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A Clinton Election and Financial Market Expectations

Presidential elections have considerable implications for financial markets. Promises, reputations, and historical trends create new expectations for future valuations and disrupt the status quo. Static factors like political party alone can affect market outlooks, while a candidate’s policy positions further complicate their potential to harm or improve different sectors. Elections set the stage for political, economic, and social changes that can significantly affect investment decisions. The unpredictable and extreme nature of the 2016 election and its candidates will have especially interesting consequences on financial market expectations. A closer look at Democratic frontrunner Hillary Clinton reveals key factors that may influence financial markets upon her election, with critical dynamics like her reputation, her party, and her policy plans shaping investment attitudes.

Hillary Clinton is a moderate liberal, although she has been pulled further left as her campaign has progressed. She is well connected in both Washington and Wall Street and is widely considered the establishment’s choice for Democratic nominee and President. Based on historical patterns, Clinton’s party and position within it will shape her impact on financial market behavior. Historically stock markets have fallen in value when a Democratic president takes office, as investors fear more activist regulatory policies that may reduce profits. However initial risk aversion has often been followed by long bull markets. Historically stock markets perform much better under Democratic presidents than Republicans. However, Clinton’s reputation as a member of the establishment, her centrist economic perspective, connections to Wall Street as well as her husband’s economic record in the 90s may contribute to a more auspicious investment climate. Clinton has expressed views against reinstituting the Glass-Steagall Act, a law separating commercial and investment banks, although she would introduce more regulations on shadow banking and has plans for “risk fees” to curb hazardous financial activity. Clinton has indicated she would will be willing to work with big banks and corporations, which may encourage investors despite the Democratic party’s reputation as anti-business. Moreover, stricter enforcement of shadow banking activity may shift investments toward safer, more long-term investments.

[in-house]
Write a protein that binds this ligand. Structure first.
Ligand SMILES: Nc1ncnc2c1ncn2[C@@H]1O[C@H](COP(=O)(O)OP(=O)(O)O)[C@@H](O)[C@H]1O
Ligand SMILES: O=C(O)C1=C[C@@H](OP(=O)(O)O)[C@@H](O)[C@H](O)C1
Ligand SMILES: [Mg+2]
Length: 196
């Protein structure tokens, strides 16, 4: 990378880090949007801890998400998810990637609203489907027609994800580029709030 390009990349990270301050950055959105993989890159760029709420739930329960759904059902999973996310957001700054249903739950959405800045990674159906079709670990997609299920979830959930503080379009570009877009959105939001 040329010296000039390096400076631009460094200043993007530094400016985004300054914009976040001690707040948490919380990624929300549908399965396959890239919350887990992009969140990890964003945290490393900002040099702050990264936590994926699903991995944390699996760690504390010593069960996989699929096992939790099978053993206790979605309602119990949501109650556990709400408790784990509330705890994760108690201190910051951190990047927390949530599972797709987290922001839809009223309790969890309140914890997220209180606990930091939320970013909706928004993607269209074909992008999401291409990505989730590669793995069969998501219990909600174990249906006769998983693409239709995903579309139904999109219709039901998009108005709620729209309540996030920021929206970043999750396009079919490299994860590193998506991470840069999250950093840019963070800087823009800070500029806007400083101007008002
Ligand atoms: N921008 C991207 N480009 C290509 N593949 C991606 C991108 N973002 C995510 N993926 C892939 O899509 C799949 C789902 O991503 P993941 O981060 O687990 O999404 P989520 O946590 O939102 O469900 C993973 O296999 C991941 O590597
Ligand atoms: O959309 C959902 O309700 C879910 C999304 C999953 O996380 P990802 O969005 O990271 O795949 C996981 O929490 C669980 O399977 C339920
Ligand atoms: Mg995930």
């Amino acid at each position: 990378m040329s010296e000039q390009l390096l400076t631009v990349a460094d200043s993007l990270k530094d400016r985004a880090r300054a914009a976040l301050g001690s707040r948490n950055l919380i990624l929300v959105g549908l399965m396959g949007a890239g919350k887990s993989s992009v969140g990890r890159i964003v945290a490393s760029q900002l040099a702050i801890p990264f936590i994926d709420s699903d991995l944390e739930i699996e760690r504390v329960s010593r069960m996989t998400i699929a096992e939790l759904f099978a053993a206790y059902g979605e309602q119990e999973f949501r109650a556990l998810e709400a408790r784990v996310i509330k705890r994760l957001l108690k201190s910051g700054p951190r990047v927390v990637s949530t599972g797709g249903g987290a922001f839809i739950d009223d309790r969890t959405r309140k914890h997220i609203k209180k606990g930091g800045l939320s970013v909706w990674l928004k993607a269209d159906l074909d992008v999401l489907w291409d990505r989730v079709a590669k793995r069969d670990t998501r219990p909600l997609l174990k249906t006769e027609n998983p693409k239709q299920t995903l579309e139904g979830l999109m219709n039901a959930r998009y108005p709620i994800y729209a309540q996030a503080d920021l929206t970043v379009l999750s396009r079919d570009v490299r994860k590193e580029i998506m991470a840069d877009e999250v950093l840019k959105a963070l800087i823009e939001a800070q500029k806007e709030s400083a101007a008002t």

In terms of the potential political atmosphere, Clinton would inherit a GOP controlled Congress. A Democratic president paired with a Congress of the opposite party has historically been incredibly good for business growth. Since 1945, based on S&P 500 price gains, the stock market has grown by an average of 15.1 percent when a Democratic president and unified Congress are in power. This average rises to 19.25 percent when the Congress is Republican. If Clinton is elected, the resulting political configuration will be the most historically favorable to financial markets. This can be explained by the gridlock that inevitably ensues when opposing parties control the White House and Congress. Gridlock can be very advantageous for stock markets, as fewer legislative changes means financial reforms are less likely to be agreed upon and business as usual can continue.

As far as specific policy implications, one would expect price fluctuation in industries where Clinton has expressed the most interest. Clinton’s background in healthcare reform and her support for the Affordable Care Act suggest she would likely want to expand on ObamaCare, which would have significant implications for healthcare stocks. Increased consumer demand for both insurance and medical care will mean better returns for healthcare investors. Clinton’s pledge to make America a clean energy powerhouse will have repercussions in the energy sector. Clean energy investments will become more popular with policy support from the White House. Furthermore, Clinton plans to revitalize infrastructure investment by reauthorizing the Build America Bonds program, which aims to incentivize investment in infrastructure development.

Clinton’s policy agenda has the potential to heavily influence markets if she gets elected. Investors are very sensitive to the political environment, fearing a new government may use public policy to support some and attack other market sectors. However, it is important to keep in mind that Clinton’s effect on the market is contingent upon her ability to get new initiatives through a gridlocked political system. Investors may be confident making decisions based on static factors like political party trends and a candidate’s reputation but they should wait to judge the political environment after inauguration day.  


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